I am struck by some of the opinions that are put forward here on the board about hitches, weight distribution, and sway control. Posts often report distances traveled with a certain setup and speak authoritatively about the optimum performance of it.
Here is an interesting excerpt from the introduction of a Society of Automotive Engineers (SAE) paper published in 2008 on “Stability and Control Considerations of Vehicle-Trailer Combination”:
“Handling behavior of articulated vehicles is more complex and less predictable than that of non-articulated vehicles. This poses challenges to non-expert drivers of light vehicles, who occasionally tow recreational trailers and may not have good understanding of dynamic complexities of a vehicle-trailer combination. The task of controlling the vehicle becomes the most difficult when the system becomes unstable. Apart from rollover, which is not discussed in this paper, the articulated vehicle may experience two types of instability in the yaw plane. The first one is a divergent instability such as jackknifing, in which the hitch angle increases without experiencing oscillations. This occurs when, at a particular operating condition, the understeer gradient of a vehicle-trailer combination becomes negative and the speed is above critical velocity. The second type is dynamic in nature and may lead to oscillatory response with increasing amplitude known as snaking or sway.”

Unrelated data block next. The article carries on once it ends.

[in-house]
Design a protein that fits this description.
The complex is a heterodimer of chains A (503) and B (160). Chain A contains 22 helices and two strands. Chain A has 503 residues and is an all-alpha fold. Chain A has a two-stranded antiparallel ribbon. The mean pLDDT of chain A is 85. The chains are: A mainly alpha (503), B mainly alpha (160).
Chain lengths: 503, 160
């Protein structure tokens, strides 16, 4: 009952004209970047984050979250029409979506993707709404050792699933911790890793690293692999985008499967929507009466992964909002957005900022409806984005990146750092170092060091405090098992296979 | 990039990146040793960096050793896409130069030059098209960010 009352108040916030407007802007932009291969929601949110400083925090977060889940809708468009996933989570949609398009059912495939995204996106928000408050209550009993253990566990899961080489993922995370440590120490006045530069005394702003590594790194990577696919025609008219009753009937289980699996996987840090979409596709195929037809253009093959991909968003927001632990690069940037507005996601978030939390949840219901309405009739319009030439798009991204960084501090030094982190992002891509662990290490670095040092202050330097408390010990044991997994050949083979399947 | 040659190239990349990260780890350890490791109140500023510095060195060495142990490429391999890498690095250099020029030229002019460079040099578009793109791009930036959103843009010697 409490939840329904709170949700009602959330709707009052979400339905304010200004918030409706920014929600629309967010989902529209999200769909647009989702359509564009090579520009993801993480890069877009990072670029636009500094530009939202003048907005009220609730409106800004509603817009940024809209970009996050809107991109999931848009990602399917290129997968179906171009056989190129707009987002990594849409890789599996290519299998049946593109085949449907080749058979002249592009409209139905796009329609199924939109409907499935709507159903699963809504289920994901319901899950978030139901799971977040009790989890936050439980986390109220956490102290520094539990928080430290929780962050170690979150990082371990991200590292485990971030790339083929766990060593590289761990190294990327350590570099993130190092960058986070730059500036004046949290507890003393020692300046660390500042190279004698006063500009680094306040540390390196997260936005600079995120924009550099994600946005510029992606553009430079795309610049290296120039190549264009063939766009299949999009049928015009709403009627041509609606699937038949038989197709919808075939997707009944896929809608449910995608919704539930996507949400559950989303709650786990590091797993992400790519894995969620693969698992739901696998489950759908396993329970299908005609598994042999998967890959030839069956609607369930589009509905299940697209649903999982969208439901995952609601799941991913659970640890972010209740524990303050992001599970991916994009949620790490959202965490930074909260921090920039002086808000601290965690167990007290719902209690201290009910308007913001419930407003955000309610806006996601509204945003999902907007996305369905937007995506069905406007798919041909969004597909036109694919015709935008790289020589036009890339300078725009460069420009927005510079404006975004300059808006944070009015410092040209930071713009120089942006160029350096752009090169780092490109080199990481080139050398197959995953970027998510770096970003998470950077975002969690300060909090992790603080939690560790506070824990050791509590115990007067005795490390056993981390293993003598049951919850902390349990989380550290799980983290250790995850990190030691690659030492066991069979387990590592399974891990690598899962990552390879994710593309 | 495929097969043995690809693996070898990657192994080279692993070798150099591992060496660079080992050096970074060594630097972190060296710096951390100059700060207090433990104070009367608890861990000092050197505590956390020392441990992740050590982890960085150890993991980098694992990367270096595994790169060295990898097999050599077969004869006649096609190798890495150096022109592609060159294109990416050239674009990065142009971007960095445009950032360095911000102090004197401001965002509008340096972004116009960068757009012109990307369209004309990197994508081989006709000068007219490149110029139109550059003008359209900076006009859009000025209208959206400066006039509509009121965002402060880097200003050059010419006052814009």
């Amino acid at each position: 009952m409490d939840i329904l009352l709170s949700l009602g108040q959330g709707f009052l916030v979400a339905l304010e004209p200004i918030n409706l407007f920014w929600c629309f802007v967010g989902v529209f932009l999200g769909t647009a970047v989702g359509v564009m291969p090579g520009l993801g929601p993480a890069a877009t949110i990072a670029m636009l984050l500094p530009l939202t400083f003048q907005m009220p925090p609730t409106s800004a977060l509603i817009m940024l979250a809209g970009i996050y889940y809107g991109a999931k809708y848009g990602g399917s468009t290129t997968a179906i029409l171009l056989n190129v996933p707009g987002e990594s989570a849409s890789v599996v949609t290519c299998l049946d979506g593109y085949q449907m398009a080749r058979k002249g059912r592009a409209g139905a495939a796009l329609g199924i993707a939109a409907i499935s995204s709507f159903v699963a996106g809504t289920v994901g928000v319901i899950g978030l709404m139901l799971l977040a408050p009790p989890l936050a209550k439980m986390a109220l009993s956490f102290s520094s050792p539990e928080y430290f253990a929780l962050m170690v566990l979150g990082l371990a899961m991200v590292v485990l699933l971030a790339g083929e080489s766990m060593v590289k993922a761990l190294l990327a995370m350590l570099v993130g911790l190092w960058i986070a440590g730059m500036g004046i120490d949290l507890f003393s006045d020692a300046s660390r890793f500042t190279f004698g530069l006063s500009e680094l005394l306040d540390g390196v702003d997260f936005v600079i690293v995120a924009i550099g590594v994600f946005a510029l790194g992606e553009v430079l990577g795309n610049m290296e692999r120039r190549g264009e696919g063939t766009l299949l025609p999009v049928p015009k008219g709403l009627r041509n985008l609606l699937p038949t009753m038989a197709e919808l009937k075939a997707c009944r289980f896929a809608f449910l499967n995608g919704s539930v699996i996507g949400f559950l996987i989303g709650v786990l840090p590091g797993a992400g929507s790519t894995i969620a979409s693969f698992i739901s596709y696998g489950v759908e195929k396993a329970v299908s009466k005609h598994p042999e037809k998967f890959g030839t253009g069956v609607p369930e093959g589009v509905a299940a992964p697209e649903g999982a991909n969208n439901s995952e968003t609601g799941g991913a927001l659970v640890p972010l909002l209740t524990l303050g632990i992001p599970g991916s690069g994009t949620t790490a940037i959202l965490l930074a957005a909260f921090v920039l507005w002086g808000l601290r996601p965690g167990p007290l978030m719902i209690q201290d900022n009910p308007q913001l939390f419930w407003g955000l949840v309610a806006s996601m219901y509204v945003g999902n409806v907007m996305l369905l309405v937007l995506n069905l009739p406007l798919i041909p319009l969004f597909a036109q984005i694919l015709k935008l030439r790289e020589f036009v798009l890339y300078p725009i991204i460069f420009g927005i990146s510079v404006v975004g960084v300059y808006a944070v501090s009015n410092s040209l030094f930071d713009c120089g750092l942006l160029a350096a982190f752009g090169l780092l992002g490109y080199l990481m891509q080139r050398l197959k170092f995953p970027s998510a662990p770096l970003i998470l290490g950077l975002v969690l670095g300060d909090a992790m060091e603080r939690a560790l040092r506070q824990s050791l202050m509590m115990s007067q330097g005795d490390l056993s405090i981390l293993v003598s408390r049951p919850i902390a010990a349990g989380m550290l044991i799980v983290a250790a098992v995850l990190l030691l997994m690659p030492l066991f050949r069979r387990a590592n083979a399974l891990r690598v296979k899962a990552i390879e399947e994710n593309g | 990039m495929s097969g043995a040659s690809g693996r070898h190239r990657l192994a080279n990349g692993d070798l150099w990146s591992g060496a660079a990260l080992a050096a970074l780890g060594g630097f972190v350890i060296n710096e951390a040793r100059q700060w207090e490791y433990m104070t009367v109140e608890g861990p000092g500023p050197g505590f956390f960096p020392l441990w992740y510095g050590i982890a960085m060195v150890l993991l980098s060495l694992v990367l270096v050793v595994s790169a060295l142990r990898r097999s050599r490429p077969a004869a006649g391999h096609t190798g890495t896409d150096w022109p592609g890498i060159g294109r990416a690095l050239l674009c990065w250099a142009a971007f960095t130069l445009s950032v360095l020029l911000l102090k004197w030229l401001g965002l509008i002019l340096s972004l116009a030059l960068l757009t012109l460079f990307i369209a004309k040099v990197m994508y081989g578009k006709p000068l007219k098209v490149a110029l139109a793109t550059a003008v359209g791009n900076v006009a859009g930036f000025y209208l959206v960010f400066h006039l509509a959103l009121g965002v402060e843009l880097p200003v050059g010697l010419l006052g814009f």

Something for us all to keep in mind, many miles of incident free towing may well be representative of luck vs. truly optimum equipment and its set-up.